New Year's Resolutions

Summary:As 2011 winds to a close and we start the new, exciting year of 2012, it's valuable to take some time to reflect on what the past year was about for us, and what we want to create in the new one.

As 2011 winds to a close and we start the new, exciting year of 2012, it's valuable to take some time to reflect on what the past year was about for us, and what we want to create in the new one. It's a healthy practice I've developed over the years. It's a cherished tradition for me, and I wanted to share it with you here.

Since this column focuses on health, I thought we could first focus on, with love and joy, the healthy accomplishments of the year to which we're bidding goodbye.

Here are some suggestions that might help. Grab a piece of paper and a pen (or your trusty keyboard and mouse) and list five things you did this year that you're proud of. These accomplishments can be anything from personal, to professional, from physical, to spiritual. They can be about your relationships, your environment, your healthy habits, or your recreation, whatever you find meaningful and want to celebrate.

If you can't seem to think of anything, try looking back over your Google calendar (or whatever calendaring system you use). Your past appointments may jog your memory and get the ball rolling on your accomplishments list. Who knows? Maybe you'll find, with an enjoyable sense of nostalgia and gratitude, that you have even more than five items on your list!

If you find this process helpful and you'd like to do it again next year (or more often, maybe even quarterly or monthly), you can institute the regular practice of tracking your accomplishments.

When you manage to complete something special, whatever that means to you, find a system to record it. You could use a personal wiki, make a note on your smartphone, use a text file or Word document, or create a dedicated list on Ta-da List, and make an entry with the date.

If you live in email, a great way to track accomplishments is to send messages to yourself with the word "accomplishment" in the subject line and create a rule that filters for that word and files those emails in a special folder you create, so you can look back over them later.

If you want to get social about your accomplishments, use Facebook or Twitter to share your joy when you get something done.

If you make a practice of this, later it'll be possible to look back on all you've done and be amazed at how much you've completed! If you're messing with Ta-Da List, you might want to create a "bucket list" of all the stuff you'd like to do someday so you can have fun checking the items off one by one, and feel secure in the knowledge that you've got a mechanism in place for keeping track of your future dreams.

An awareness of personal accomplishment is healthy, and engenders a sense of self-efficacy that, if nurtured, will help ensure future success.

Healthy New Year's Resolutions

Speaking of the future, after your reflection on the past, start thinking about what kind of healthy life you'd like to create for yourself in the coming year.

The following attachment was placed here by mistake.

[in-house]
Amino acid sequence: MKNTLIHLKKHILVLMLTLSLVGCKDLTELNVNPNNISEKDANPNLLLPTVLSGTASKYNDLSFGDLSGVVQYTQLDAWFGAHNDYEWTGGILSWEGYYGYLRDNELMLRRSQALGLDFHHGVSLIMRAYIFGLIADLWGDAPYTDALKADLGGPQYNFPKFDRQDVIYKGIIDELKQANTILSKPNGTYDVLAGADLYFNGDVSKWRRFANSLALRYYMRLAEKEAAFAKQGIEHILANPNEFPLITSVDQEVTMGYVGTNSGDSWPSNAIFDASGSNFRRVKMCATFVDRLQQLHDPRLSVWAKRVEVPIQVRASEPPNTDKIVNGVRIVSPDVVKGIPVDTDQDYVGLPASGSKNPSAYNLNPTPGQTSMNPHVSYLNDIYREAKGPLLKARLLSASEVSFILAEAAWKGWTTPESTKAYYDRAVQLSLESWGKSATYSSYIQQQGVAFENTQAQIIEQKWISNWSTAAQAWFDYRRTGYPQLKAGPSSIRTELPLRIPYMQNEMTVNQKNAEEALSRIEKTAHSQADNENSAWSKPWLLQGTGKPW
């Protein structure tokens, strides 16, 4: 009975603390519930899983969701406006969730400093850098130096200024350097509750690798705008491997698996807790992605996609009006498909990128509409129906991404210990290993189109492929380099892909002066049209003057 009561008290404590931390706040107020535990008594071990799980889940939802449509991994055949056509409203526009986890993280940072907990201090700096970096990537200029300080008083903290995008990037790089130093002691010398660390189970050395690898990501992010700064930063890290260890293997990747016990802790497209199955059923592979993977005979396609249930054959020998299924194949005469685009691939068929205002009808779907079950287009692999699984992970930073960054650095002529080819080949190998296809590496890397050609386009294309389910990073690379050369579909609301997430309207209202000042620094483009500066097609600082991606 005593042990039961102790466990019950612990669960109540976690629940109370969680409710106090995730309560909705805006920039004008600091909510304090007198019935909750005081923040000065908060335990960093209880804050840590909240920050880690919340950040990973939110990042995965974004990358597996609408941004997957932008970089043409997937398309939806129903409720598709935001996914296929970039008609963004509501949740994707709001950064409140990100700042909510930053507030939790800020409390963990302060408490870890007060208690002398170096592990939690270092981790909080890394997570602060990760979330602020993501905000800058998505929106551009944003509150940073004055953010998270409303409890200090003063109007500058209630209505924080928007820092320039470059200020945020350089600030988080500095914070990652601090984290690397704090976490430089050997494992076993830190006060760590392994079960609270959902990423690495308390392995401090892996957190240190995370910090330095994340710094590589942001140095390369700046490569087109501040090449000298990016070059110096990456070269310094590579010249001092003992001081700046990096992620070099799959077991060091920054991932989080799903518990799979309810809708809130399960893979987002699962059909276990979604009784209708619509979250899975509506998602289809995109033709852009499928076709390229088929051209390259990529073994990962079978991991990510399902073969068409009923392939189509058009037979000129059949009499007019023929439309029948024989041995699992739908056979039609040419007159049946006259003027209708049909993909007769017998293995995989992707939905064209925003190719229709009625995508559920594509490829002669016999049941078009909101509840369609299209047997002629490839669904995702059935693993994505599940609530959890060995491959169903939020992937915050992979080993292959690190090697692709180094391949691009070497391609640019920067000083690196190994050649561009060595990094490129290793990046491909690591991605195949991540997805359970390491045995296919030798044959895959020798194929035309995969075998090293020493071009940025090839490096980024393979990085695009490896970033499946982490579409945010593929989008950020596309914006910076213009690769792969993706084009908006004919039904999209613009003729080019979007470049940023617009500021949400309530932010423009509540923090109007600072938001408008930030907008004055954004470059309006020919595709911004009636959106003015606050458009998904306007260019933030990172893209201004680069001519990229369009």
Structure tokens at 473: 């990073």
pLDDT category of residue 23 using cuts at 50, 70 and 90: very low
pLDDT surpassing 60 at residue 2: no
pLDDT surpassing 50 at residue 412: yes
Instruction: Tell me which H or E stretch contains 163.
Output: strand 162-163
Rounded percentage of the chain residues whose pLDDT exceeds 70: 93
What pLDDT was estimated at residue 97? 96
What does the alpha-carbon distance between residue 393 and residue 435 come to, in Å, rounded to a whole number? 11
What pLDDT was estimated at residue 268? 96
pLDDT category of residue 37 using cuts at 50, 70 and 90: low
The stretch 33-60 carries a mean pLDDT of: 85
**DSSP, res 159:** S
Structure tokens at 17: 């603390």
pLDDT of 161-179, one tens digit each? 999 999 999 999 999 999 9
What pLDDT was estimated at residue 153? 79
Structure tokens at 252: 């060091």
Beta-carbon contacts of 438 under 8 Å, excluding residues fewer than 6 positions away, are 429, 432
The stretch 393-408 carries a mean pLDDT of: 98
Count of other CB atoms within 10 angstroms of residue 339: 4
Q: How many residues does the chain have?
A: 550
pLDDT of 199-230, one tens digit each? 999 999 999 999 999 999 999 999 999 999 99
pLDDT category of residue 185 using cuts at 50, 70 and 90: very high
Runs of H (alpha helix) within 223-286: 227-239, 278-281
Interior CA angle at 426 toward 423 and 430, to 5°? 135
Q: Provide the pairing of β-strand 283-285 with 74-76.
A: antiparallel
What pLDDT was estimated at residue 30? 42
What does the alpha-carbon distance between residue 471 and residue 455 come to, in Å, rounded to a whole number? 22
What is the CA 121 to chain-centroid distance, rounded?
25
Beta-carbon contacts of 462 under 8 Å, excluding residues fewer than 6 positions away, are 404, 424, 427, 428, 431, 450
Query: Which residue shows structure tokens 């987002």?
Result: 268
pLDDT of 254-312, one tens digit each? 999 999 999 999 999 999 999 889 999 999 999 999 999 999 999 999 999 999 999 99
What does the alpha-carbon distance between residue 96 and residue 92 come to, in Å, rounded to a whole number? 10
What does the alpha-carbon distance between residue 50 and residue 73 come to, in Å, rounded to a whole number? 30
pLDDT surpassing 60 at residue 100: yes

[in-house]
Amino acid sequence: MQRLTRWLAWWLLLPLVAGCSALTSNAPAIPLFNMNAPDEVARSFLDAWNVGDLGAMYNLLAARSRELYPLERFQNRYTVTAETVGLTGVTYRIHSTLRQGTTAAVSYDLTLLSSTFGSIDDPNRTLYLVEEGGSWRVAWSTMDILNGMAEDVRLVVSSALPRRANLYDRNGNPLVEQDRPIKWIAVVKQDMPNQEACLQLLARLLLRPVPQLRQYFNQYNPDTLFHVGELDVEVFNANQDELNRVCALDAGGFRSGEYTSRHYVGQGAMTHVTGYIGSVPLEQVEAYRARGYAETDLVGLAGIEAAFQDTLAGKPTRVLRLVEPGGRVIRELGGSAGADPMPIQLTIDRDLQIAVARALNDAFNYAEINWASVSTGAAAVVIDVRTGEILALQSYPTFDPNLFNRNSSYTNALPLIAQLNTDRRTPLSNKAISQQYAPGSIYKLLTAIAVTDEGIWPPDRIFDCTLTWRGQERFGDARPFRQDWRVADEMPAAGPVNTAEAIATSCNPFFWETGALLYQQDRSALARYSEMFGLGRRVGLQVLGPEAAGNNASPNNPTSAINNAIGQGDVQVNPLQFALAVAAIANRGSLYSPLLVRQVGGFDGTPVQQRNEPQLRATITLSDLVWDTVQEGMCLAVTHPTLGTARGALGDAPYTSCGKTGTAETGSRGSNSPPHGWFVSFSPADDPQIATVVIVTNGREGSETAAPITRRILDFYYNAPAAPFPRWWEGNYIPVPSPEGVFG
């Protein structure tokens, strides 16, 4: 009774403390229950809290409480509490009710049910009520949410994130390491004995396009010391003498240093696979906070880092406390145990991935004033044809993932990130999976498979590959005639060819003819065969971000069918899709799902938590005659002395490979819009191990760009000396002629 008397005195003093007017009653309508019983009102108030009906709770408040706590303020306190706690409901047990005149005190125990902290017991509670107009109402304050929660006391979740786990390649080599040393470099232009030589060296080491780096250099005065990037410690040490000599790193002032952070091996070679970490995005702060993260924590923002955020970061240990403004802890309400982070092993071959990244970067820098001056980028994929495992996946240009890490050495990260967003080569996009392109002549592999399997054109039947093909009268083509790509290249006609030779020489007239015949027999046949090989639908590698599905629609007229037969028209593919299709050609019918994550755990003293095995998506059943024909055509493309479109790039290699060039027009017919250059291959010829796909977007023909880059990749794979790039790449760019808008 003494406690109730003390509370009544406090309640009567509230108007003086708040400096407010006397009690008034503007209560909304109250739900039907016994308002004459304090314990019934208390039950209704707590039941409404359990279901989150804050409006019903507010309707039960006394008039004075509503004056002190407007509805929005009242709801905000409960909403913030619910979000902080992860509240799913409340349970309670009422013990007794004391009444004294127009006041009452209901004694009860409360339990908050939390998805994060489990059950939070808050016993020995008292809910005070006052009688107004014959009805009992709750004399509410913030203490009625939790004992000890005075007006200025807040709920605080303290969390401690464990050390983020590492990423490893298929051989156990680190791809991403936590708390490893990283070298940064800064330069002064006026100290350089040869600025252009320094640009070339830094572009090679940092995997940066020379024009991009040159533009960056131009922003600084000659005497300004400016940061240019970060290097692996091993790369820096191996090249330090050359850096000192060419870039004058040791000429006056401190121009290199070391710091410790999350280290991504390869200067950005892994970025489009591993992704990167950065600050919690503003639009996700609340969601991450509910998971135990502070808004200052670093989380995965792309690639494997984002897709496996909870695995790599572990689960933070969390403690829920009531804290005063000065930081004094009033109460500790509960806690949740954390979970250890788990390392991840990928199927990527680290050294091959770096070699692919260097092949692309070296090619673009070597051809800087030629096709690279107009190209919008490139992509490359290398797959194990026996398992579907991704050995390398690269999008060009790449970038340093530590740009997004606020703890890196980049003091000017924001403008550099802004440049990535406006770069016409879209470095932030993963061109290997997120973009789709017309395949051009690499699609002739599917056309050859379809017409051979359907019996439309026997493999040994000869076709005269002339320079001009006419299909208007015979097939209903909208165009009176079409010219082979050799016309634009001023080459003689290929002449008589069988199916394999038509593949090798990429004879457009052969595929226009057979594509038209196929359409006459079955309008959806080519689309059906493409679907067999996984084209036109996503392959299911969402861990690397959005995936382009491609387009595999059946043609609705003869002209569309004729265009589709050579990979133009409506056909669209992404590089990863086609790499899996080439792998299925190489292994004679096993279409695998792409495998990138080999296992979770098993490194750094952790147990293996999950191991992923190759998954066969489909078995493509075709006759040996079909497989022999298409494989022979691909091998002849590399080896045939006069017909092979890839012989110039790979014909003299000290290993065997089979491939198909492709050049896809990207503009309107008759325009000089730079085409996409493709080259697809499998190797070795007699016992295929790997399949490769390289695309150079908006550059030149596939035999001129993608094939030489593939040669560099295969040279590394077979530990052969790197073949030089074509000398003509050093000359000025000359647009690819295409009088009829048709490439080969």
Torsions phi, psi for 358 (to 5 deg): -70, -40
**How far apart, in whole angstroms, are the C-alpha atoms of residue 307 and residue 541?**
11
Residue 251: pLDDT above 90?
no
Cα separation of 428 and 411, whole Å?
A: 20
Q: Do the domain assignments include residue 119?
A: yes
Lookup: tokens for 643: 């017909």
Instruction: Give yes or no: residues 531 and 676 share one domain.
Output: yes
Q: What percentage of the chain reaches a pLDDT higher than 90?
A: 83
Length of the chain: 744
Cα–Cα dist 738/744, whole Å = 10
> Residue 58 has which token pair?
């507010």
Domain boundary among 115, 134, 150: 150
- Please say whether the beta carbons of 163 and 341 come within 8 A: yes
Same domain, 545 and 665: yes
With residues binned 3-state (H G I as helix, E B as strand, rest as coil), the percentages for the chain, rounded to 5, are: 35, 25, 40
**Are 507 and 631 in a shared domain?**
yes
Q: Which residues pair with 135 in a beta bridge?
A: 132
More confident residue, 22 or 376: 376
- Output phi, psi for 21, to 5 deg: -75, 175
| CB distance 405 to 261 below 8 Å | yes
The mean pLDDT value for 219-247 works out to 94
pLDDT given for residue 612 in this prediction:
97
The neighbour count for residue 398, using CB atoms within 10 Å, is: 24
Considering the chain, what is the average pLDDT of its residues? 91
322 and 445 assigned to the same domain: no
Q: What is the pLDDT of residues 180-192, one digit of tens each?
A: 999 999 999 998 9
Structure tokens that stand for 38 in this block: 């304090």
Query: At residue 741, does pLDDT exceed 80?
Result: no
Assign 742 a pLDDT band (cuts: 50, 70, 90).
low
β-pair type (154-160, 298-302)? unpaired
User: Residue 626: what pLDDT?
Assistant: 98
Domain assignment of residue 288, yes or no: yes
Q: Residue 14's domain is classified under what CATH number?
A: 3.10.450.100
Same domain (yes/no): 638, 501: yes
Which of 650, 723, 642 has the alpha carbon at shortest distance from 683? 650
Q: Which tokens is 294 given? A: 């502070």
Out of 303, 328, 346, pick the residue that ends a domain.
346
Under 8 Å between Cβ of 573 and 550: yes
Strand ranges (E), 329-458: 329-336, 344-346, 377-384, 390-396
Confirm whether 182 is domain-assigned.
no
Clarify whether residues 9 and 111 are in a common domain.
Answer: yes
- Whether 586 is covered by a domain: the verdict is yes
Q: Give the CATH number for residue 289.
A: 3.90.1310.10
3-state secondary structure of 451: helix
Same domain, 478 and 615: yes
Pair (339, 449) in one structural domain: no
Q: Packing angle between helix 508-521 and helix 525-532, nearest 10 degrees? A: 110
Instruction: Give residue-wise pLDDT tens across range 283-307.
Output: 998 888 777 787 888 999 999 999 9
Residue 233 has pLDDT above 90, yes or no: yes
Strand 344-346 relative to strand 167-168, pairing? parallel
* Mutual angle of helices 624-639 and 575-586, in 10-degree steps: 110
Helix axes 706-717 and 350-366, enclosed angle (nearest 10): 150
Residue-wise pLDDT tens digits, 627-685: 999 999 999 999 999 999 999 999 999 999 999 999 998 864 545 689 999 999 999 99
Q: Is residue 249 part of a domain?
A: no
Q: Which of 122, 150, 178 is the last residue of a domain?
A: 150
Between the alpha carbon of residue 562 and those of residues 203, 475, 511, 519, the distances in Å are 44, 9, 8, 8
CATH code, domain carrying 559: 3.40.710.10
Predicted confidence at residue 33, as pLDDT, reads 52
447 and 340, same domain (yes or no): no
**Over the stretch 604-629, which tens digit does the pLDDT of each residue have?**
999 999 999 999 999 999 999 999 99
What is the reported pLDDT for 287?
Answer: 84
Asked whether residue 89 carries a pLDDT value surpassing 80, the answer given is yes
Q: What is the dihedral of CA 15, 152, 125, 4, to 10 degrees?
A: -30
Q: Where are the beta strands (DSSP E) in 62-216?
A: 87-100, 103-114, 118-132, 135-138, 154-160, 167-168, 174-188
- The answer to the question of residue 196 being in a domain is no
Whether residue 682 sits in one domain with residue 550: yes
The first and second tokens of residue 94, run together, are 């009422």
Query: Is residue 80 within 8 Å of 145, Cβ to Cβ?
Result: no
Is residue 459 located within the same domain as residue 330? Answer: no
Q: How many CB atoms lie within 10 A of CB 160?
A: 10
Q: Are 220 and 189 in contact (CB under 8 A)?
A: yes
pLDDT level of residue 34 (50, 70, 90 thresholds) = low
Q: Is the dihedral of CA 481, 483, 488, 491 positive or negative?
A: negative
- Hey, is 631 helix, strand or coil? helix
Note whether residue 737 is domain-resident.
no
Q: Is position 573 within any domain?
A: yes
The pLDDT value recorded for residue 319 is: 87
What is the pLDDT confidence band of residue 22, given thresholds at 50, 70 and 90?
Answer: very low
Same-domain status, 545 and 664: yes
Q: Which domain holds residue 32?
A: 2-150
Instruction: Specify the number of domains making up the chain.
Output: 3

Here are some suggestions to get the ball rolling, and some Internet resources to help you grow into the new you that you want to be before the Times Square ball falls next New Year's Eve.

Journaling

Maybe this is the year to keep that journal! According to artist Julia Cameron, three pages of longhand writing upon awakening each morning helps to de-gunk your subconscious mind. This stream-of-consciousness writing is for your eyes only, and it helps refresh your creativity.

However, there is no way I'm going to write longhand because I just can't stand writing that way. I'm so much more oriented to the keyboard. Luckily, I found 750 Words, a Web site created by kindred spirit Buster Benson for those of us who like to type our morning pages. Visit 750 Words for more information, and get started.

Make it a game

Whatever you're planning to do to improve your health this year, make it a game! Things are a lot more fun when they're enjoyable, and success is more probable if you boost your engagement level.

Another one of Buster's resources is Health Month, the Game. The basic gist is that you can set up a free account and decide on a couple of health-oriented rules for yourself to follow, sign a little contract with yourself, and interact with other players around meeting your goals.

To sweeten the pot, you can decide on a reward for yourself if you are successful, and, if you wish, provide negative incentive by deciding on a small penalty if you miss your goal. This month, I'll be taking a multivitamin every day, cooking dinner three times a week, and exercising for half an hour at least six days a week on the treadmill. If you don't get your month set up before the stroke of midnight, don't worry. You can always join for next month.

For more information on how gamification can spice up your life, visit ZDNet's Gamification.

Cheers

There are some ideas for you to get started with planning your year. Next week, I'll be making some suggestions and sharing some resources for how to facilitate lasting change in some of the most popular categories of New Year's Resolutions such as weight loss, exercise, getting organized, and getting finances in order.

Cheers to you, and best wishes for a happy and healthy New Year.

Topics: Microsoft, Collaboration, CXO, Hardware, Health, IT Employment, Legal, Software

About

Denise Amrich is a Registered Nurse who also has 20 years of operations, logistics, and editorial management experience. She is the health care advisor for the U.S. Strategic Perspective Institute, and a mentor for the Virtual Campus at Florida's Brevard Community College.Denise co-founded ZATZ Publishing, and has been the managing editor... Full Bio

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